On Saturday, April 11, 2020, #RIPFortnite began trending on Twitter. This came as a response to the supposed decline in streaming and viewership of Epic Games’s battle royale shooter, Fortnite. With the release of VALORANT catching the eyes of streamers and their audience, many believe that this could be the end of the title that has dominated the Twitch charts for nearly two years.
We wanted to know if Fortnite is actually on the decline and if the perceived changes of games like VALORANT chipping away at its share of the Twitch content production were accurate, so we dug into our data.
What does viewership look like on Twitch and Mixer?
Following its release in summer 2017, Fortnite climbed its way to the top of the charts, becoming a worldwide phenomenon. Its ability to appeal to a broad audience, allowed it to thrive in the online streaming space, making way for creators like Tyler “Ninja” Blevins and Turner “Tfue” Tenney.
While the game has consistently been among the top 5 most-watched titles on Twitch, data shows that viewership for the game has been steadily declining since the release of its third season back in 2018.
Reaching its peak number of content creators in early 2019, Fortnite’s viewership remained largely unchanged, experiencing surges of viewership throughout the year, showing no clear evidence of a fall off.
However, data from Mixer tells somewhat of a different story. With the exception of a significant uptick on May 26, 2019, where content creator David “TheGrefg” Cánovas Martínez broke a record by playing Fortnite for 140 consecutive hours, viewership has remained stable. Like Twitch, we consistently see spikes in viewership corresponding to the release of new seasons but with far less variance.
We see that Mixer makes up a small portion of total viewership when combined with data from Twitch, but is overall more consistent.
The role of seasons
It’s not surprising that games with regular updates, or “seasons,” see an increase in players and viewership following a new release, and the same goes for Fortnite. With every new season, viewership spikes and then trickles down slowly as the game reaches a new, stable state.
In its earliest seasons, we saw sustained growth as the game gained popularity. In fact, the game earned the most traction in its second and third seasons. Viewership patterns remained mostly unchanged until the later seasons of what would become known as chapter 1.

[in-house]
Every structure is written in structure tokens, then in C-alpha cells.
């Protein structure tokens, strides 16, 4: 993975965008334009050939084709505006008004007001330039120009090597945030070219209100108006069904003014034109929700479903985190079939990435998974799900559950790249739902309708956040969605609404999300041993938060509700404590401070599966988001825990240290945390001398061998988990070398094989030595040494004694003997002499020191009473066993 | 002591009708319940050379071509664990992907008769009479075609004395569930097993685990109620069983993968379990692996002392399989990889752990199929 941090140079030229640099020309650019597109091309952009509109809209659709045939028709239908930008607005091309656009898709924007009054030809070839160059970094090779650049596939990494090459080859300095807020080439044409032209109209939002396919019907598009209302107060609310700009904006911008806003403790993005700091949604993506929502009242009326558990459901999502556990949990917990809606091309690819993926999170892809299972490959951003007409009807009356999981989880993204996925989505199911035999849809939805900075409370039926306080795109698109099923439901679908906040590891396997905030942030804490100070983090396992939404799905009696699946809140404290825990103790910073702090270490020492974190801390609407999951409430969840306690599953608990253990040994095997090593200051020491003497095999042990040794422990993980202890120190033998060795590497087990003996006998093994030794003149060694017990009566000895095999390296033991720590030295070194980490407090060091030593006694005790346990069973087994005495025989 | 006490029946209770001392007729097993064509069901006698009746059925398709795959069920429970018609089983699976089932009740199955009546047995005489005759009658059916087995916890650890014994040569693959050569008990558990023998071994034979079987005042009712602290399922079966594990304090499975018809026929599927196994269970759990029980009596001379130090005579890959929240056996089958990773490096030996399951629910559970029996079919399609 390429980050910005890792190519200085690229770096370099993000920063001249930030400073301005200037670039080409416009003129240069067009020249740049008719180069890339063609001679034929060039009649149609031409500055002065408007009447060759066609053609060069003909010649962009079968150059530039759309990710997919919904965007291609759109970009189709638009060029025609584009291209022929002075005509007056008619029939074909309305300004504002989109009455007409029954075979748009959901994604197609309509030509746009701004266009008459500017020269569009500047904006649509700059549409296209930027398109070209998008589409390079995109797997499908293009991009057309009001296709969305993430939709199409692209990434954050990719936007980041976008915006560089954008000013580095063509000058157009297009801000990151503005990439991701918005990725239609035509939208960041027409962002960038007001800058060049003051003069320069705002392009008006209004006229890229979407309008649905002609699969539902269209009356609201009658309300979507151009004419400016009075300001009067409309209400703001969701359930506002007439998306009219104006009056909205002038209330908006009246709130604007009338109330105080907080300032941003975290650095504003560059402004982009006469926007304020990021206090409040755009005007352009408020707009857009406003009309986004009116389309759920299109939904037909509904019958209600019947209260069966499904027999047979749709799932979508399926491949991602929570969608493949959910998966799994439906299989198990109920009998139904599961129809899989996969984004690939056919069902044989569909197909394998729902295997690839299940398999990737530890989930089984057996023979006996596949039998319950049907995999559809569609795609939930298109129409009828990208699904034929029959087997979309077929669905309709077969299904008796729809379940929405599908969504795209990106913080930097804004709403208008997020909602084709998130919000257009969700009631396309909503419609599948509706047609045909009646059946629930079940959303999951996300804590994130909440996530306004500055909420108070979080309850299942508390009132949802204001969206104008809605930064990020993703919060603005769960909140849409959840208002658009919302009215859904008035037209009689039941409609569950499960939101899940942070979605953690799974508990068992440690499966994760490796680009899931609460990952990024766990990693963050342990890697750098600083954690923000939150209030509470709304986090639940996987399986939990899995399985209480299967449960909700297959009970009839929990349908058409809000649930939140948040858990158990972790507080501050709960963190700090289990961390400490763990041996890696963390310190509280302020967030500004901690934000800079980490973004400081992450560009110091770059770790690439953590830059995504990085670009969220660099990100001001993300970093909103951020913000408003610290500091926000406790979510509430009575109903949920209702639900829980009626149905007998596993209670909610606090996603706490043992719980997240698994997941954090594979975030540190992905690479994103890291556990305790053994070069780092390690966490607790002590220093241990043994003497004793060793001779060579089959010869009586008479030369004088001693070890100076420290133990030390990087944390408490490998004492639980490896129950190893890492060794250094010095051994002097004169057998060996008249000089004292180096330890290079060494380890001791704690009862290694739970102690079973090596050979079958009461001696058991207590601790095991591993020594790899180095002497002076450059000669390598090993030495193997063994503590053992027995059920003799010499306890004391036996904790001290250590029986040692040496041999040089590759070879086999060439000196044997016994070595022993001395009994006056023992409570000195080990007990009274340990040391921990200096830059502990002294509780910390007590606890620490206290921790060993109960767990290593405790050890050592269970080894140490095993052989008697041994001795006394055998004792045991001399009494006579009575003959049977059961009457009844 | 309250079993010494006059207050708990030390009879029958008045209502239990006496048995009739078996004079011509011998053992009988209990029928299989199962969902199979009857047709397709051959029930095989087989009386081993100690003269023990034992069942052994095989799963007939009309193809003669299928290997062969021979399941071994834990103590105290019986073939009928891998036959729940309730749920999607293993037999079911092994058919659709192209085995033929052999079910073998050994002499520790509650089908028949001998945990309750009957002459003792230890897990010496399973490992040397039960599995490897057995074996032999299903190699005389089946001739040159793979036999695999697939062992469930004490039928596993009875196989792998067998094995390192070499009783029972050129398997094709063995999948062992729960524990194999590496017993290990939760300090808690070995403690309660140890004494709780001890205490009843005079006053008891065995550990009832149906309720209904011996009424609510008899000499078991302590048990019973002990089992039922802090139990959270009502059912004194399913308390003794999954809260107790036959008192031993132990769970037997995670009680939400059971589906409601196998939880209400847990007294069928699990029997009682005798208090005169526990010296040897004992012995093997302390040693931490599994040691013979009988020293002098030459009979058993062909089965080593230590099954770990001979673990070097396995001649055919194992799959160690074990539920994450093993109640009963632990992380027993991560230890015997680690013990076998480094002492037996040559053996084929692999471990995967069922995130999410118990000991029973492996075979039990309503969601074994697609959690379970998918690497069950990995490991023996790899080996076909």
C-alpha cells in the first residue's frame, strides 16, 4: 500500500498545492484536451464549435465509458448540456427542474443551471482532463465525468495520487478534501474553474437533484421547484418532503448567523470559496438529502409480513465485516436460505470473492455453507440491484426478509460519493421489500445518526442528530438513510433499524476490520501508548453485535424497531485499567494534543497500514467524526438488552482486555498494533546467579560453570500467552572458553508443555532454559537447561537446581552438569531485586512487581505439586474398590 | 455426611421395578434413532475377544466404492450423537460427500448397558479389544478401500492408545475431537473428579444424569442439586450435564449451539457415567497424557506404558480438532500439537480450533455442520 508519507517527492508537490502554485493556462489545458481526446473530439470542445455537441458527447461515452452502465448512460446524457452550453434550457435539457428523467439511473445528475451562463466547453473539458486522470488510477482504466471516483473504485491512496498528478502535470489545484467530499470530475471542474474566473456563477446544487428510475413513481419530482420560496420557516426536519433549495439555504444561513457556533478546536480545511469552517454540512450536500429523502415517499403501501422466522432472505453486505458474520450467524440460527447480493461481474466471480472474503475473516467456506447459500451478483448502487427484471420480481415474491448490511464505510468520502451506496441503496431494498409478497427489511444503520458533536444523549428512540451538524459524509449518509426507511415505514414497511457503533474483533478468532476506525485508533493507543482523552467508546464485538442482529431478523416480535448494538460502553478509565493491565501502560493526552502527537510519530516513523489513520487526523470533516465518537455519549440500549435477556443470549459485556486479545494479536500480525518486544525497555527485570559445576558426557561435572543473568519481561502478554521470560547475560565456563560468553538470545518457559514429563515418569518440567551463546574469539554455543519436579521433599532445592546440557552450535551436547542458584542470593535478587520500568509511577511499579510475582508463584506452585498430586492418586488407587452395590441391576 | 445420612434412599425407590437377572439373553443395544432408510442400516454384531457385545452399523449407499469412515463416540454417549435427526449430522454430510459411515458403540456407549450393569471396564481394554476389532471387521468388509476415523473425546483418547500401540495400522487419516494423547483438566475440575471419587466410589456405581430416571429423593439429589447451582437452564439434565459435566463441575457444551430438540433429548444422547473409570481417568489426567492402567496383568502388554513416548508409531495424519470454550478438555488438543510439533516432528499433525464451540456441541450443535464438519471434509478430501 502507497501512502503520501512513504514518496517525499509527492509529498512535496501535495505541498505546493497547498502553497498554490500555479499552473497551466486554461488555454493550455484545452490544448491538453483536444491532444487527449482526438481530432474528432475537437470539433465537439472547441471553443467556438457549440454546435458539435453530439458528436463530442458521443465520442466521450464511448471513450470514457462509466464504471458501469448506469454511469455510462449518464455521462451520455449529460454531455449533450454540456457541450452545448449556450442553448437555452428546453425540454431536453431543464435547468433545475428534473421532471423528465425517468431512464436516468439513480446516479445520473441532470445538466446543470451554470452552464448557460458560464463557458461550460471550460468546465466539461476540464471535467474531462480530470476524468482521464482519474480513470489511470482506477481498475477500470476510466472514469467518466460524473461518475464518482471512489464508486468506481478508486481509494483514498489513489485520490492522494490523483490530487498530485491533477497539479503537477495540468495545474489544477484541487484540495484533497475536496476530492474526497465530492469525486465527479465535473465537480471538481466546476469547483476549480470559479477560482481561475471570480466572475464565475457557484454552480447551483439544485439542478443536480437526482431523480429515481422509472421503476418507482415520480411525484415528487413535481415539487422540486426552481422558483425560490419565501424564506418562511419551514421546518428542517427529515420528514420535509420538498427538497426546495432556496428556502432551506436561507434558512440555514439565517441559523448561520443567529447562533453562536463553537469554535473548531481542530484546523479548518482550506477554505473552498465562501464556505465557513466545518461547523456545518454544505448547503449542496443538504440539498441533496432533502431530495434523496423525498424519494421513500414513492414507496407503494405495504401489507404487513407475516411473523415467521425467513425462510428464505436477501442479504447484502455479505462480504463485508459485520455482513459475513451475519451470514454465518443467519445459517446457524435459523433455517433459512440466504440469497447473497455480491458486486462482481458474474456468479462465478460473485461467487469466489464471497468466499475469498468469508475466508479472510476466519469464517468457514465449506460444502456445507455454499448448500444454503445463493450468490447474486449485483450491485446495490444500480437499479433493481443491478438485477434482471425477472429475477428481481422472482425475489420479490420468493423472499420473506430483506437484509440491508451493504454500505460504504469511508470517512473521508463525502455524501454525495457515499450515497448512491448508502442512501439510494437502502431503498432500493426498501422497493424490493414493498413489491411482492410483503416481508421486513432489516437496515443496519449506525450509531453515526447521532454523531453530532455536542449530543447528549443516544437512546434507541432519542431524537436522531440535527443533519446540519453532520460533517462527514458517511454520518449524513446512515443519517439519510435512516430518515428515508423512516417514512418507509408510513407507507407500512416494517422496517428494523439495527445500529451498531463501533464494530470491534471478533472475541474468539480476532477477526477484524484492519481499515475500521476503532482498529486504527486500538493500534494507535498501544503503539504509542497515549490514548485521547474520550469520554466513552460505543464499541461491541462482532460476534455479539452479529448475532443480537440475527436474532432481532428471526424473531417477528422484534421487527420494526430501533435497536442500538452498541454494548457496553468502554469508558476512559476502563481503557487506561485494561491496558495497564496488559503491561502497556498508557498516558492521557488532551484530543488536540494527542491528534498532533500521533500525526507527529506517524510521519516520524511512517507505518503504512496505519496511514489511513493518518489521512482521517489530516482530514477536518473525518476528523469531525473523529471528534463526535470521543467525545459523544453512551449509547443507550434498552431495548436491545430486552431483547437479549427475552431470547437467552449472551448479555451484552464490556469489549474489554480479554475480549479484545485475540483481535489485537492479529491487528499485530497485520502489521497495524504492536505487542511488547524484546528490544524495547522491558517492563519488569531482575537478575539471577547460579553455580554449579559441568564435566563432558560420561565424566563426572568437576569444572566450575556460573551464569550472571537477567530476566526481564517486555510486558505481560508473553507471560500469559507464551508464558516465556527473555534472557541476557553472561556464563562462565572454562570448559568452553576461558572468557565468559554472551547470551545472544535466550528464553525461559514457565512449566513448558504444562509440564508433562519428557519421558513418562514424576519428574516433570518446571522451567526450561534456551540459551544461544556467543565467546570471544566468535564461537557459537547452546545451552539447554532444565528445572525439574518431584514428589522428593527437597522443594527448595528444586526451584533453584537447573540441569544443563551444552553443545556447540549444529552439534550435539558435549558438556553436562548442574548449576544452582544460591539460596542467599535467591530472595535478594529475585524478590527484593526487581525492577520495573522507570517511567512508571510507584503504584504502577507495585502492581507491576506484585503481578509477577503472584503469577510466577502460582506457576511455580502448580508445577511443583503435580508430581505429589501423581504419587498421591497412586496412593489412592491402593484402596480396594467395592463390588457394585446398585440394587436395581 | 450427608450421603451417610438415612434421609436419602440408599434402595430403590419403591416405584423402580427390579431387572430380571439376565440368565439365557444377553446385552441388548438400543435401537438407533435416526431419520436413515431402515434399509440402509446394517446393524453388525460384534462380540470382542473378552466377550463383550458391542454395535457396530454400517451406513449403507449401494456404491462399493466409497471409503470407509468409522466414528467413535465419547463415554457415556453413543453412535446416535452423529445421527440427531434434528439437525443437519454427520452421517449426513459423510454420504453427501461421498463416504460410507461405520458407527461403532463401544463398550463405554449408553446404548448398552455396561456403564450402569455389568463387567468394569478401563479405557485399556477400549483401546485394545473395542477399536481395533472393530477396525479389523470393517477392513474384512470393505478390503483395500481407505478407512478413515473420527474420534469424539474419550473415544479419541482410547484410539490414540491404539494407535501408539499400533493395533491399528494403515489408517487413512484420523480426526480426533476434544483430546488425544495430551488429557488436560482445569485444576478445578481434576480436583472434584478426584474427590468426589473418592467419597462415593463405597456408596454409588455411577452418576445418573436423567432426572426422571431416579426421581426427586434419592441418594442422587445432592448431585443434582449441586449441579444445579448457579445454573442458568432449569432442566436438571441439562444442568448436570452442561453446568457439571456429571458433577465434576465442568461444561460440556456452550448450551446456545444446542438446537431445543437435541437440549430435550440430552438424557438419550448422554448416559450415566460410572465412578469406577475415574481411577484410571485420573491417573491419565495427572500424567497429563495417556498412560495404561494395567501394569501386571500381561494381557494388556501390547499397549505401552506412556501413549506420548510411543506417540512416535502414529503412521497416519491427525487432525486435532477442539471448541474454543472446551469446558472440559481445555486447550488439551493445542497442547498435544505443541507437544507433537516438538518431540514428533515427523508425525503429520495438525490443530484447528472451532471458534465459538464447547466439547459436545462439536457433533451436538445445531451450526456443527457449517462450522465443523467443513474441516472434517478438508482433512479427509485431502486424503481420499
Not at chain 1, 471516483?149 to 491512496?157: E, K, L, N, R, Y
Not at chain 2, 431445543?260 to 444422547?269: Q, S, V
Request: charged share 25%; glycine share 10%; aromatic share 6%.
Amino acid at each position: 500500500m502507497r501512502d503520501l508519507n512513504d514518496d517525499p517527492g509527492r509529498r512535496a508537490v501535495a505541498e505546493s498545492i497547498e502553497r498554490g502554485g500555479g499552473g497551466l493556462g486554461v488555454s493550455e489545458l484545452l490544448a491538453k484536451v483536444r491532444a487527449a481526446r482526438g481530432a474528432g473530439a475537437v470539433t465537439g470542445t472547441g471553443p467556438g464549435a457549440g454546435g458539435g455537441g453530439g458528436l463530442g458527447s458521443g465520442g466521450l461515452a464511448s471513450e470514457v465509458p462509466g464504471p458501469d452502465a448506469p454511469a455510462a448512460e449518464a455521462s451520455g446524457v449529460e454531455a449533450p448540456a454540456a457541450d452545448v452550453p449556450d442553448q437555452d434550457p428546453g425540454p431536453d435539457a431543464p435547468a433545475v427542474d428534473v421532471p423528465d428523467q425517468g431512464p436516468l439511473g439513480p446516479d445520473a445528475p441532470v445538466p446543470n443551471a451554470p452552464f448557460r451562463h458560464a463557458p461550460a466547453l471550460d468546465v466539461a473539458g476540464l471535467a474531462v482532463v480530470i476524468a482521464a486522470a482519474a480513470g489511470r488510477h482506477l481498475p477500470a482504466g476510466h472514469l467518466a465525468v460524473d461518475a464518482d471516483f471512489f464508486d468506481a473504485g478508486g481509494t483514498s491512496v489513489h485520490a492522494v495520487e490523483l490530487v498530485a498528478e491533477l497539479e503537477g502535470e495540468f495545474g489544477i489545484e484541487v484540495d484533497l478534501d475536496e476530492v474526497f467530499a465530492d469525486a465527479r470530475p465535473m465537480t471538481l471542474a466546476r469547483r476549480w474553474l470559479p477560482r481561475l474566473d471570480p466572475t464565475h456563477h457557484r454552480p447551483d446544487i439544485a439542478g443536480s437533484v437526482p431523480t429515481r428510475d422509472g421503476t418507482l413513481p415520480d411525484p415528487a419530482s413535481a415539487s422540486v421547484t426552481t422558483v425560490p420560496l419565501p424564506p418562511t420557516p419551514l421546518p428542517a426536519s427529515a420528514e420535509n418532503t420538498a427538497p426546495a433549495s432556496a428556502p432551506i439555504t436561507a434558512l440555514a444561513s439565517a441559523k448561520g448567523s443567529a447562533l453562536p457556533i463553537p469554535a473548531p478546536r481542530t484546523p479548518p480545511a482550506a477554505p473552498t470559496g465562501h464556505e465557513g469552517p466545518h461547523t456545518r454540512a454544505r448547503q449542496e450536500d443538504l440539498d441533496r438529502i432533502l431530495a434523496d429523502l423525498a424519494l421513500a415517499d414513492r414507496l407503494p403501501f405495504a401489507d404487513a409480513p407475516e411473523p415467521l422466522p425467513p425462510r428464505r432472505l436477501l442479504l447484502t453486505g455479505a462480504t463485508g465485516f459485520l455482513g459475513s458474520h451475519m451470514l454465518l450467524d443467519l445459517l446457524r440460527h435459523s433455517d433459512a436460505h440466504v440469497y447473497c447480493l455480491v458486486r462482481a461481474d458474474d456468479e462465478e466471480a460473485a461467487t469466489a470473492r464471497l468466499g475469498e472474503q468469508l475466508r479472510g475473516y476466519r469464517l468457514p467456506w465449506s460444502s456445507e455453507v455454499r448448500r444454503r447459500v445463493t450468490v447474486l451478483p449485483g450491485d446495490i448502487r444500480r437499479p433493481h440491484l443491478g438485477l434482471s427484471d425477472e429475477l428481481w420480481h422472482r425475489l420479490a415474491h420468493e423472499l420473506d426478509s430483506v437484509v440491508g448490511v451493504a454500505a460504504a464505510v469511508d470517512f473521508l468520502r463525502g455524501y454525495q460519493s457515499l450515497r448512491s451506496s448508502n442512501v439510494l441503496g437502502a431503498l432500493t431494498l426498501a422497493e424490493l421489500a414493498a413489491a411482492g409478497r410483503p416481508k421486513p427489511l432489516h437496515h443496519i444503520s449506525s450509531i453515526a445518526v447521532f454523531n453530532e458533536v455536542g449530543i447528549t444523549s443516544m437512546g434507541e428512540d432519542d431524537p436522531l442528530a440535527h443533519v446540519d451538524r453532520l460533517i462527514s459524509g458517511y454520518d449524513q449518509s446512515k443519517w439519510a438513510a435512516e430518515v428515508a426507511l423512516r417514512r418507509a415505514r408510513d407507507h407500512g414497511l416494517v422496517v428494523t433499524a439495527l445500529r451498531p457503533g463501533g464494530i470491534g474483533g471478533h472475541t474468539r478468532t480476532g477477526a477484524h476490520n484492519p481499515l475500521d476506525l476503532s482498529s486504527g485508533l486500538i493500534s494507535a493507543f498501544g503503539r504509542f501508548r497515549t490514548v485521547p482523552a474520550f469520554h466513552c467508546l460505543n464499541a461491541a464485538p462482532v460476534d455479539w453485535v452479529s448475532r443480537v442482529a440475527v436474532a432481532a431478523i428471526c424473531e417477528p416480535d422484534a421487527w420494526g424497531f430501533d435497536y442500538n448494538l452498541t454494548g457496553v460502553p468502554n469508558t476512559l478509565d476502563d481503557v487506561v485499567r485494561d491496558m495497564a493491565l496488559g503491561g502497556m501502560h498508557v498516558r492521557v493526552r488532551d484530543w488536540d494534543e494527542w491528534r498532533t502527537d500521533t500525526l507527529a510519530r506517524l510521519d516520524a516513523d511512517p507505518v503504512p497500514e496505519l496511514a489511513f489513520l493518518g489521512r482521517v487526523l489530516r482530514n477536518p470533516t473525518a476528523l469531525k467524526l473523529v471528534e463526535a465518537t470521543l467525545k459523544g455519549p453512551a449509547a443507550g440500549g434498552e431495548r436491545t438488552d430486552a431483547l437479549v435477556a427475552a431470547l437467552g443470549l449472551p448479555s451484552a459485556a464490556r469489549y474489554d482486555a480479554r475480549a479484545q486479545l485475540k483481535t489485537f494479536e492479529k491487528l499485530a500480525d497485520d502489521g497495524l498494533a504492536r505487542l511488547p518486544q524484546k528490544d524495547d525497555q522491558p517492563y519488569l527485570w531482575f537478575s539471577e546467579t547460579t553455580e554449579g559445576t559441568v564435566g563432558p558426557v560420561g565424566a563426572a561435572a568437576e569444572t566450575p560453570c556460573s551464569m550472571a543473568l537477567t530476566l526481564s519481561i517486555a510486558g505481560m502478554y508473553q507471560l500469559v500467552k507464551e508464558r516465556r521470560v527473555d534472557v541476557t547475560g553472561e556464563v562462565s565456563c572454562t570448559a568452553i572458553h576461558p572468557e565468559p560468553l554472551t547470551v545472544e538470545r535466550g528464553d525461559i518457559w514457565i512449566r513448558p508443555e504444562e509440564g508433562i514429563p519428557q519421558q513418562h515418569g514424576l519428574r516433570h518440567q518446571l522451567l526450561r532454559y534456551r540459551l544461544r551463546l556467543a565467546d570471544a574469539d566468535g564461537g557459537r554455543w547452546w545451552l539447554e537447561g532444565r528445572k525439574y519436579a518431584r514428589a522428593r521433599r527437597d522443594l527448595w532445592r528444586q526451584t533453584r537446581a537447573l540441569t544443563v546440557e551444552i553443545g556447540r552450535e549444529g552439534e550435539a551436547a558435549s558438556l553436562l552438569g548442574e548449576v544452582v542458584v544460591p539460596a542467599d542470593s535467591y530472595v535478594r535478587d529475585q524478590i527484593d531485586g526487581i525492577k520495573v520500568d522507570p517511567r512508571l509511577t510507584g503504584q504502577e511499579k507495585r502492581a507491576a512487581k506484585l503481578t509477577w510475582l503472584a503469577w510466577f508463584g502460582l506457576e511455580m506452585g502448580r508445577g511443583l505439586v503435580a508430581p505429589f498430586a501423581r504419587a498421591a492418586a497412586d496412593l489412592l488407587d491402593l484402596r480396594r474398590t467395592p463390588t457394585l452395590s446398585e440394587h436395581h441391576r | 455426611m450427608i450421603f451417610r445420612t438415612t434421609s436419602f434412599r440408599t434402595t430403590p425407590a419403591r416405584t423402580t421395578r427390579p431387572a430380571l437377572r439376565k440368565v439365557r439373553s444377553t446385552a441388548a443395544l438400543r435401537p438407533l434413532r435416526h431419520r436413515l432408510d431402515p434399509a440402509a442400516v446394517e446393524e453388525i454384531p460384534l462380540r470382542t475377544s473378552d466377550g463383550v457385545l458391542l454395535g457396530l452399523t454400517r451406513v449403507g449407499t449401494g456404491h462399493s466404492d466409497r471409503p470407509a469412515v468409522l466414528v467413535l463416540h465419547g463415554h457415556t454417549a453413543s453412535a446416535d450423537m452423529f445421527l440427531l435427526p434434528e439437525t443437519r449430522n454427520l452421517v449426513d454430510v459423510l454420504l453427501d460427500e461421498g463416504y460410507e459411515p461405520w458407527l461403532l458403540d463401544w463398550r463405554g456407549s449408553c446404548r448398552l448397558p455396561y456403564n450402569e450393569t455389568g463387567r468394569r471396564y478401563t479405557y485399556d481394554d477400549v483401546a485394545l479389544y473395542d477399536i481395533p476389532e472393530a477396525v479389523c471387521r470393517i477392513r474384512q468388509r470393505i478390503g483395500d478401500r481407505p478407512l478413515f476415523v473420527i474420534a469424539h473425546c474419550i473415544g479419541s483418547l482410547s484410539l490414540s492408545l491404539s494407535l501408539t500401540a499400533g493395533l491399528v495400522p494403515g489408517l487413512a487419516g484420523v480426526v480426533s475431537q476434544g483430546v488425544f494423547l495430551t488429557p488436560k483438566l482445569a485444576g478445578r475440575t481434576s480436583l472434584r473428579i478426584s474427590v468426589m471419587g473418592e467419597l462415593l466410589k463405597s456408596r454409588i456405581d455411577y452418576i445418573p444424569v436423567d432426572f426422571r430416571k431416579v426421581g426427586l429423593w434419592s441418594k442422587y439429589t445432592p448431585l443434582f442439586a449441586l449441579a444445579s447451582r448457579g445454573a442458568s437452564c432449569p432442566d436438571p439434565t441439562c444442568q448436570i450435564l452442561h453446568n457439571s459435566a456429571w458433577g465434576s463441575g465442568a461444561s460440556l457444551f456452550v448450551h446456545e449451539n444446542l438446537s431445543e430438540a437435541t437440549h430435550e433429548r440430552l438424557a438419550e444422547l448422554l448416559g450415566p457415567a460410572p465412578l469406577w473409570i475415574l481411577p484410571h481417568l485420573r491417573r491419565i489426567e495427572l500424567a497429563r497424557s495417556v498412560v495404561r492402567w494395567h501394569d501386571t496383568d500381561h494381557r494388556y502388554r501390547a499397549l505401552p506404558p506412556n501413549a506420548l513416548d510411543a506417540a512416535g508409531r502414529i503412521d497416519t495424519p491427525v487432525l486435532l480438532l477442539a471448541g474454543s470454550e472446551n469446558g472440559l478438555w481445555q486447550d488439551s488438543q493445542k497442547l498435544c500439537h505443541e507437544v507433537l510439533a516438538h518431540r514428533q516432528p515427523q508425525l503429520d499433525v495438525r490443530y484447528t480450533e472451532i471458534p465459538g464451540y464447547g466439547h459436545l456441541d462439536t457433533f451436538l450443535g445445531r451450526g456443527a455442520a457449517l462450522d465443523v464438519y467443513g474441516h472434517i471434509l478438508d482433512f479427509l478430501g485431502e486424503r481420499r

Toward the end of the tenth season, it appeared that the game was on an apparent decline. Eventually, Fortnite: Chapter 2 was released, which led to the largest number of viewers the game had seen in 2019.
On February 20, 2020, Epic released the second season of the latest chapter. And while both streamer count and viewership continue to hold steady during this period, there is no clear way to decipher whether it is due to the overall increase in users amid the COVID-19 pandemic or because players have genuinely taken an interest in the latest rendition of Fortnite.
Competitive titles and shared audiences
Fortnite has remained a top 5 title on Twitch for over two years, and the most popular in the battle royale genre, very few of its successors have been able to compete. With the launch of Electronic Arts’ Apex Legends in February 2019, Fortnite was dethroned for the first time, and while only temporary, it was glance at the future of the battle royale and gaming as a whole.
As the battle royale and free-to-play genres continue to evolve, the space is becoming more saturated with games trying to emulate the success of games like Fortnite. What seemed to be an unattainable feat for so long, now seems to be well within reach.
More recently, we see an example of this when the team at Infinity Ward and Raven Software released a free-to-play, battle royale expansion to their game Call of Duty: Modern Warfare, which launched in March 2020. Like Apex Legends, Call of Duty: Warzone has become a direct competitor to Fortnite as the two continue to be some of the most-watched and played games across platforms.
What about VALORANT?
#RIPFortnite began trending following the success of Riot Games’ beta release title, VALORANT. A first-person tactical shooter, it is expecting its full release in summer 2020. While VALORANT does not fall under the battle royale umbrella and maybe shouldn’t even be classified as a direct competitor to Fortnite, the game’s success caught the attention of the gaming community and fans, averaging over 780K viewers at the time of writing.
While data shows that Fortnite has seen a decrease in both viewership and the number of streams in recent months, there is no clear evidence that any one game is responsible. As Fortnite’s current season approaches its end, data suggests that we will see the king of Twitch rise again, and even if Fortnite is dethroned, it’s not off any worse for it.
At Gamesight, we use data, like viewer engagement, to gauge performance and help games find commercial success. We have a host of features and internally developed metrics to help you find the best influencers for your game. If you’re a developer or publisher and want to talk about this article, identifying the right influencers, or measuring your advertising needs, please reach out on our website!
Note on data collection
Gamesight collects data on Twitch streams from Twitch’s public APIs that is used in conjunction with proprietary data and metrics developed from measuring and monitoring sponsored content from games that work with us.